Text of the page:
Can my employer force me to fix employee's personal computers?
Short version - probably, yes.
Most job descriptions, if they're actually written down, include a line similar to "other duties as assigned". If you don't have a written job description, your duties are likely "whatever your boss assigns you". If your boss wants you to do this, you should, because otherwise he's likely to walk away thinking "I gave him a task to do, and he told me no".
However, you could do a couple of things.
1) When these requests are made to you, you could check with your boss to verify the order in which he wants you do to things.
Hey boss, the team is working on the server upgrades we were talking about, but now Johnny sent me his laptop to repair. Is it okay if we finish the server upgrades today and work on the laptop tomorrow, even though Johnny's email says it "must be resolved by the weekend"?
2) As @user1108 points out, you could keep a tally of how often you're spending time working on non-work devices, and keep your boss up to date on it.
Hey boss, this week the team got 12 device repair requests, and they took up about half our time working through them. Is there a level at which I should push back and tell people we don't have time available to work on any non-work devices?
3) You could get permission from your boss for a new workflow, such as your coworkers having to get his prior approval before you work on any non-work devices.
Hey boss, is it okay if I tell people that you need to approve all non-work device repair requests before we can work on them? They're starting to pile up and I want to make sure you're aware of everything I'm working on before we spend any time on them.
And to your coworkers:
Hey Johnny, I just got your email, but requests for repairs of personal devices now have to be approved by [Boss]; I can't accept requests directly from you anymore.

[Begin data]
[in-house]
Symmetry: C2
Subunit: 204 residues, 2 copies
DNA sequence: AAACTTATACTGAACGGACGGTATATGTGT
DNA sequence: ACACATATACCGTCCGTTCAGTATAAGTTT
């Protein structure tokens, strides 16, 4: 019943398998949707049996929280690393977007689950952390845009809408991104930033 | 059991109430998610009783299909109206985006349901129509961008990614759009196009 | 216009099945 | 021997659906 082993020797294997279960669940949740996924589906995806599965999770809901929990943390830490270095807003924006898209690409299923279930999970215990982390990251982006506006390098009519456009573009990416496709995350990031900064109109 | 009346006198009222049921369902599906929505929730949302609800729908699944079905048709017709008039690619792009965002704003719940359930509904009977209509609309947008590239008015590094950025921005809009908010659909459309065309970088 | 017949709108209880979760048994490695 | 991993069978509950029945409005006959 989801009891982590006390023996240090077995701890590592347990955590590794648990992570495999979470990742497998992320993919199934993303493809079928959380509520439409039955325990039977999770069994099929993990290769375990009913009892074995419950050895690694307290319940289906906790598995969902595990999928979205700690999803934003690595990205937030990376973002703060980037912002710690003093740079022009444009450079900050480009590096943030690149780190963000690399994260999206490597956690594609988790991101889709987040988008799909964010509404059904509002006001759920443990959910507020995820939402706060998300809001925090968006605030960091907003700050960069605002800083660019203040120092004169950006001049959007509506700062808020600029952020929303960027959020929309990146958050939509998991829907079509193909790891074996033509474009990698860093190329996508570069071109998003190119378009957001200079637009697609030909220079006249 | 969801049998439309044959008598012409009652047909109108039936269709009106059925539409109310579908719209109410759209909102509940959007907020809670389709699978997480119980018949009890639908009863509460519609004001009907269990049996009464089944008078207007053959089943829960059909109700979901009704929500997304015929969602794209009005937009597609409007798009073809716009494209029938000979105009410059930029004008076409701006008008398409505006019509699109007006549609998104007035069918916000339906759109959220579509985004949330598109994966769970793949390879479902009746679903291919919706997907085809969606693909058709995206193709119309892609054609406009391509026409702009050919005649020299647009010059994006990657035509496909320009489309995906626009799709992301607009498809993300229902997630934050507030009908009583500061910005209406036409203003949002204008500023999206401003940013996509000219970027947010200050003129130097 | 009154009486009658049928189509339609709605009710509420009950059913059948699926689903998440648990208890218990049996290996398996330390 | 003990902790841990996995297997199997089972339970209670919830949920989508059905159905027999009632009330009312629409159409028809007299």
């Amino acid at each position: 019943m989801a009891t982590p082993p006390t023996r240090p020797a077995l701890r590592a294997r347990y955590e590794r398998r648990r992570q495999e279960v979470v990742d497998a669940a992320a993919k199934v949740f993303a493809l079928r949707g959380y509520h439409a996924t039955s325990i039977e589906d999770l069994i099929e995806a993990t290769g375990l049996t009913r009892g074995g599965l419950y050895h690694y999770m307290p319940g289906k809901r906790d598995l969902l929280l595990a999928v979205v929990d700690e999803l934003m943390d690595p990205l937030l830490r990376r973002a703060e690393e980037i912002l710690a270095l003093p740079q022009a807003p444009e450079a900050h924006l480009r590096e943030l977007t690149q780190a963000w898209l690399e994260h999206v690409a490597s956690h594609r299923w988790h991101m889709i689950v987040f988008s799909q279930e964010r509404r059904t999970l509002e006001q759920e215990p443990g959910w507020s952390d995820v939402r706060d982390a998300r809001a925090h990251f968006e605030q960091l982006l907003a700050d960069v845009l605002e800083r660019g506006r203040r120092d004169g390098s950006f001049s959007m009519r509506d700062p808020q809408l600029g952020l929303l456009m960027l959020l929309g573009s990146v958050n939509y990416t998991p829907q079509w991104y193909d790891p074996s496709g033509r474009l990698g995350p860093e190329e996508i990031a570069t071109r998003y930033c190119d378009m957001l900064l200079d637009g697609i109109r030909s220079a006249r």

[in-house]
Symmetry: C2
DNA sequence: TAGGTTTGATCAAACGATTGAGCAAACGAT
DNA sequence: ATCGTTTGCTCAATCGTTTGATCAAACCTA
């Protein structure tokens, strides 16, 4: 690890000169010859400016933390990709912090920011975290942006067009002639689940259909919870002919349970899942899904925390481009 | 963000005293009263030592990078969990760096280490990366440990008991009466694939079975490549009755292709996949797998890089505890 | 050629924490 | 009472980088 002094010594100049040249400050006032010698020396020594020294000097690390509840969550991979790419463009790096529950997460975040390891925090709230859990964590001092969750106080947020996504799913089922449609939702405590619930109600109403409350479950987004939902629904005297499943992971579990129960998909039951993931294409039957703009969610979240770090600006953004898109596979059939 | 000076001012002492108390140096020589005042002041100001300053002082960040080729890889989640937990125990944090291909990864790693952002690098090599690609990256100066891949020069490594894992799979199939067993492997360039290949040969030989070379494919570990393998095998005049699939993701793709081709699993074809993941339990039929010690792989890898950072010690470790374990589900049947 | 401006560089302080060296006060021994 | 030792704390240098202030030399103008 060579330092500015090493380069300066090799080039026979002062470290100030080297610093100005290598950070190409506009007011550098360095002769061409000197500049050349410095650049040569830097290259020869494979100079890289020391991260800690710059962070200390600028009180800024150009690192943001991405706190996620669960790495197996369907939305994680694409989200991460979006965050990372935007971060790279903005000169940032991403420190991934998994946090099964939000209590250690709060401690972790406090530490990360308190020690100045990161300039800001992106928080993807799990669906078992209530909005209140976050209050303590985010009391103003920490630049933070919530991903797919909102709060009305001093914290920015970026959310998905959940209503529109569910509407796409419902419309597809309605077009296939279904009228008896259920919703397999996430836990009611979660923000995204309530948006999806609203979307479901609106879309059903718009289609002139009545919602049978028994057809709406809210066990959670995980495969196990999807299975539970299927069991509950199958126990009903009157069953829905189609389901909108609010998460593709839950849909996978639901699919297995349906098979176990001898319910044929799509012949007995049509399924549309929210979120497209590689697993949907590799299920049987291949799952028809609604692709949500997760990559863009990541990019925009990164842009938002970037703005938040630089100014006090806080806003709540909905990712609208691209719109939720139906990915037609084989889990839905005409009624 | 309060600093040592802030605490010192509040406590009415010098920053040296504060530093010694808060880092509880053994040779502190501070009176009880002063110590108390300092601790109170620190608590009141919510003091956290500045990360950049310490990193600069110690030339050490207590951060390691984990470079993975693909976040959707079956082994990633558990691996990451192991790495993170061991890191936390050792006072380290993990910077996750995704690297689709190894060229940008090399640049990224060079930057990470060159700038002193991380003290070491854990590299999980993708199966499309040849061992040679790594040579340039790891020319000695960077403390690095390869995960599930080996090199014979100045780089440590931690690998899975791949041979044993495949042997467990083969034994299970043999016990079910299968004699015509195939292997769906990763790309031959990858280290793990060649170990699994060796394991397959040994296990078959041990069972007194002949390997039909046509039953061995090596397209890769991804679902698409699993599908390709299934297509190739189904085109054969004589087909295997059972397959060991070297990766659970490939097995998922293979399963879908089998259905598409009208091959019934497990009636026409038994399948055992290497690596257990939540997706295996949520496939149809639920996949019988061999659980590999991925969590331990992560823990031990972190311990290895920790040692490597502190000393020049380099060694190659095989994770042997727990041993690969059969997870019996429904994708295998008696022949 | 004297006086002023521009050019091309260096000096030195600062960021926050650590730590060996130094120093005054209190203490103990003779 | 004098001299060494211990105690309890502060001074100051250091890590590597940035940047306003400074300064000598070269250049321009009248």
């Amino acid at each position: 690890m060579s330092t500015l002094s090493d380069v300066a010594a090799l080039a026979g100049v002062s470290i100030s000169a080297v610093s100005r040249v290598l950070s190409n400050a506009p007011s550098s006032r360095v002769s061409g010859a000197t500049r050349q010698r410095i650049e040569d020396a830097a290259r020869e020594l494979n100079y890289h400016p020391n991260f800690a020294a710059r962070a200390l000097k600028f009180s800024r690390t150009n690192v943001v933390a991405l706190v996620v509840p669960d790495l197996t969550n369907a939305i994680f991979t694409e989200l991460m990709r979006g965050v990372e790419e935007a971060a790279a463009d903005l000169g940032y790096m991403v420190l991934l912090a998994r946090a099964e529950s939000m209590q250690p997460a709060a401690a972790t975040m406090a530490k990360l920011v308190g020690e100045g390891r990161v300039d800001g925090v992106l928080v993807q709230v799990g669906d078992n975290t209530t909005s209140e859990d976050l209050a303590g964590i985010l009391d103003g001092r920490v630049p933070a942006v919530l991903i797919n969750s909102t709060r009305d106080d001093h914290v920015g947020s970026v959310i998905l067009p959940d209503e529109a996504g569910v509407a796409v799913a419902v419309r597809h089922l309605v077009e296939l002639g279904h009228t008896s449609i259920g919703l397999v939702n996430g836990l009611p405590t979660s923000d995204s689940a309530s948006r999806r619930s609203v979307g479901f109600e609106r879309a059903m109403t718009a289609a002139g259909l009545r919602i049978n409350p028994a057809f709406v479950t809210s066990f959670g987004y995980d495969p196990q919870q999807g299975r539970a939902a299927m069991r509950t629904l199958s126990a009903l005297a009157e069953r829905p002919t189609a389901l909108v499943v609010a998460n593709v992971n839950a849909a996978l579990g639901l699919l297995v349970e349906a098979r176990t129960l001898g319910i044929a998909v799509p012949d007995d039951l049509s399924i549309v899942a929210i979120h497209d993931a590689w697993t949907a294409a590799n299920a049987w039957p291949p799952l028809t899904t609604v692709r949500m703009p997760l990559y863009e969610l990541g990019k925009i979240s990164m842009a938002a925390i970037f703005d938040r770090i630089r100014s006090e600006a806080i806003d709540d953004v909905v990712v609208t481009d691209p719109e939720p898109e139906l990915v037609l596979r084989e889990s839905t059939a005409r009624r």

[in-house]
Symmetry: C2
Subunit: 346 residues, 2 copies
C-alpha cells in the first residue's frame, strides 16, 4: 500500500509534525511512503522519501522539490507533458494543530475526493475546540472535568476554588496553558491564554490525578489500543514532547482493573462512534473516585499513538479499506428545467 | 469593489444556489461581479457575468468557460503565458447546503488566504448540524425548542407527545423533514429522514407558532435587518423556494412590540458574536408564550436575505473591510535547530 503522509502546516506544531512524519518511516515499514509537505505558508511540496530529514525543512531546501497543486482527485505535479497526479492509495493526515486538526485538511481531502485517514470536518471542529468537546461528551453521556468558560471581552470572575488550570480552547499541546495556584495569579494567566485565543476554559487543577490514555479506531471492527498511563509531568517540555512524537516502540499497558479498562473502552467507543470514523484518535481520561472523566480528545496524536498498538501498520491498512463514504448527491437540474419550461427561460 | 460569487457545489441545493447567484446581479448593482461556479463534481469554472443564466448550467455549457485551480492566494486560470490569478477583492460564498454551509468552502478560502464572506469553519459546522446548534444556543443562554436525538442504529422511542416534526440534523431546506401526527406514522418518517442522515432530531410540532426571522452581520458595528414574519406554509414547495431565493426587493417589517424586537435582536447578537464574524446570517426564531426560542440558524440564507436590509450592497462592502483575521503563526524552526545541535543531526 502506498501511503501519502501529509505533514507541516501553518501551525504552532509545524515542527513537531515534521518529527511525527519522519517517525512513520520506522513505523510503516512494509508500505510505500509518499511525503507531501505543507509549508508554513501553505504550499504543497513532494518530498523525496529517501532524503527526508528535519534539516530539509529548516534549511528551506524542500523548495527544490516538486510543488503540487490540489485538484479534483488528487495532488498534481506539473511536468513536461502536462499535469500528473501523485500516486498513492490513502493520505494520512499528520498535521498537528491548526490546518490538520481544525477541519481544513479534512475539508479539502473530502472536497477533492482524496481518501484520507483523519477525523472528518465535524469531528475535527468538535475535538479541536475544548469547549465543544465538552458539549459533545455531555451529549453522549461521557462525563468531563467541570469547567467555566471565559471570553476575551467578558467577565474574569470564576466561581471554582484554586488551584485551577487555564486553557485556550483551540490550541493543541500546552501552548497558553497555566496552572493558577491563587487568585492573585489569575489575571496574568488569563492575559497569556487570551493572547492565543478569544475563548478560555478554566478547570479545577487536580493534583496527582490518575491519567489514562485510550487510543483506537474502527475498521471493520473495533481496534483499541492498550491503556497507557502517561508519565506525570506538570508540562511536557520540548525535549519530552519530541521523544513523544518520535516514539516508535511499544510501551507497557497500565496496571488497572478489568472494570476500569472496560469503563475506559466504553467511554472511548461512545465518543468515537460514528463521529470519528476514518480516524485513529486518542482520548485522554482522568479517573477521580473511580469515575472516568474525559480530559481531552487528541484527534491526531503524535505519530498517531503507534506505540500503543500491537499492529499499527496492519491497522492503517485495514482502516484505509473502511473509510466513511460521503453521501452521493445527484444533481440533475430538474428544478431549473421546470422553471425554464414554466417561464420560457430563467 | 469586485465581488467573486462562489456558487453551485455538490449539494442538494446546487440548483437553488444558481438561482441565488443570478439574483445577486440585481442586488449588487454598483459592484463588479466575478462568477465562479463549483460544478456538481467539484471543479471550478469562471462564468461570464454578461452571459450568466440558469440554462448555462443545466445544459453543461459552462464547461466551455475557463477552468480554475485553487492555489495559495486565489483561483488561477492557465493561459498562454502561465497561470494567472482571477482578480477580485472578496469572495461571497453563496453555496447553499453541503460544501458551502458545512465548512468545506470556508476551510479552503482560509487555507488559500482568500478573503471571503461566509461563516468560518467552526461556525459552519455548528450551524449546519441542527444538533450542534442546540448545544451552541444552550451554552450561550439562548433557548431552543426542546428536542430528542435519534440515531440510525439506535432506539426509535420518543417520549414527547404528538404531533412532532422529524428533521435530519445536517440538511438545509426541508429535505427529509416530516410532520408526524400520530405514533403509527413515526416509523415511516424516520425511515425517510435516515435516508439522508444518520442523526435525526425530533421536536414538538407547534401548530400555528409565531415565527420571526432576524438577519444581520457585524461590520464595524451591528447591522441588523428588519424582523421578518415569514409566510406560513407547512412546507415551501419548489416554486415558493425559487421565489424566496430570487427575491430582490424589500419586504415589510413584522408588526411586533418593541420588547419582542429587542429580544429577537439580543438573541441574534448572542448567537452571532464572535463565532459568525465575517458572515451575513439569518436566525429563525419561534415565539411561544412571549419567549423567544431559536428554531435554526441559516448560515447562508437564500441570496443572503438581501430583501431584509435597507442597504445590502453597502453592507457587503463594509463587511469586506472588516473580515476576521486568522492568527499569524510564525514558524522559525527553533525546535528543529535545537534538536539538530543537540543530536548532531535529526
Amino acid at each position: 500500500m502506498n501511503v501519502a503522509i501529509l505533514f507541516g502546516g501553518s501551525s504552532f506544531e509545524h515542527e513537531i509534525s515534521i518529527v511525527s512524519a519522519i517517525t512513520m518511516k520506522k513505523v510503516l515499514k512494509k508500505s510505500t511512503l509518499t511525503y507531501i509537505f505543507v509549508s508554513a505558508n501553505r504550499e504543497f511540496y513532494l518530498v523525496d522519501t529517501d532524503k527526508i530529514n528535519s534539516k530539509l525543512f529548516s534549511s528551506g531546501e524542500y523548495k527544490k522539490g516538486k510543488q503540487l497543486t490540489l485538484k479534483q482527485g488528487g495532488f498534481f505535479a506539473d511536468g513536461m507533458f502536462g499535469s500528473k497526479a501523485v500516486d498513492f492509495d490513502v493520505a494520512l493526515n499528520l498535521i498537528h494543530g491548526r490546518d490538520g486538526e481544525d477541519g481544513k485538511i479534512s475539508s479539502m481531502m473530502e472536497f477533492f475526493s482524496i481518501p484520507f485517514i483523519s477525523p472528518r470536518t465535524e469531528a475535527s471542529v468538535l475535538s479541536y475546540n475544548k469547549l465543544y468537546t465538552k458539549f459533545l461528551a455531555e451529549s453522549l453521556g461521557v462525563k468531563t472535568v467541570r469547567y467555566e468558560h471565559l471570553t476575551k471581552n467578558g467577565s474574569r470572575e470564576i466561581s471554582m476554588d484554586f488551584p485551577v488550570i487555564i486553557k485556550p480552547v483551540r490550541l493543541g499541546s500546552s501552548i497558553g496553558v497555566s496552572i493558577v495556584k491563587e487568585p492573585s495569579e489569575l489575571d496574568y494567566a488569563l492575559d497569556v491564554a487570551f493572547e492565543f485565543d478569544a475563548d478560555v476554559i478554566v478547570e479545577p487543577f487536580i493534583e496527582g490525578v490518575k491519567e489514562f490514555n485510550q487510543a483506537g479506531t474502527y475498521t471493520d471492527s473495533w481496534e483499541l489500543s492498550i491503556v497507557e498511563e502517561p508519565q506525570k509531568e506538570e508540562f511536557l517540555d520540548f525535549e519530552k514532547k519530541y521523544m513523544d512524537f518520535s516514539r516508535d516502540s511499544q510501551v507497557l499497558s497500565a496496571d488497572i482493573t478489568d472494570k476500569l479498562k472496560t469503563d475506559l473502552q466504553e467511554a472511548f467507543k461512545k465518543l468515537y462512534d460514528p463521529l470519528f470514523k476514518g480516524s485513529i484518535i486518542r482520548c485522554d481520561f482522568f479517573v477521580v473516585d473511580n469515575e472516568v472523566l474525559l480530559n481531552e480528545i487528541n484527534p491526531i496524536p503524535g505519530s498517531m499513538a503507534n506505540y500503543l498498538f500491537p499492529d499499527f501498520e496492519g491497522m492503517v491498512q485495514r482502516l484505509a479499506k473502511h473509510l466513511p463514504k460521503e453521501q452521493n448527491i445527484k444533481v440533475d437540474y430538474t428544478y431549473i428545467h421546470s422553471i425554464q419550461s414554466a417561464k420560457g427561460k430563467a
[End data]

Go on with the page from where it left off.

Since all of IT is salary [...] they are not being paid for staying late and fixing people's personal systems, phones, tablets, etc.
You should definitely address this as well. The issue is that you're being paid a specific salary for a specific work week, and you're having to run past that to get everything done now that the scope of your duties has increased. This conversation can be presented from the standpoint of deserving a proper work-life balance.
Boss, I wanted to mention something about all the personal devices we've been asked to fix recently. It's reached a point where it's cutting into the amount of time we've got to complete our normal duties, so we're having to work extra time to get everything done. This really isn't sustainable in the long term - I don't feel like I can continue to ask my team to work so many additional hours. I think there are several different options, and I wanted your opinion on the best solution. Some of the ideas I had were to start turning down some of these device repairs, or to choose some of our other duties to eliminate or reduce, or to hire additional personnel to handle the additional workload. There may be other solutions as well, but I was hoping we could get clarity on this quickly.
The benefit to this approach is that you're not just coming to him with problems, but also solutions.
The worst-case scenario I see is that your boss doesn't see unpaid overtime / extended hours as a problem, and your team being upset at the additional work and causing them to consider looking for outside employment. Your best bet in that case is to let your boss know that your team is likely to be unhappy. Strictly from a hiring standpoint, you're unlikely to attract the best workers if you tell them during the interview that you work long hours for no overtime, so if one of your employees leaves, you may have a difficult time replacing them.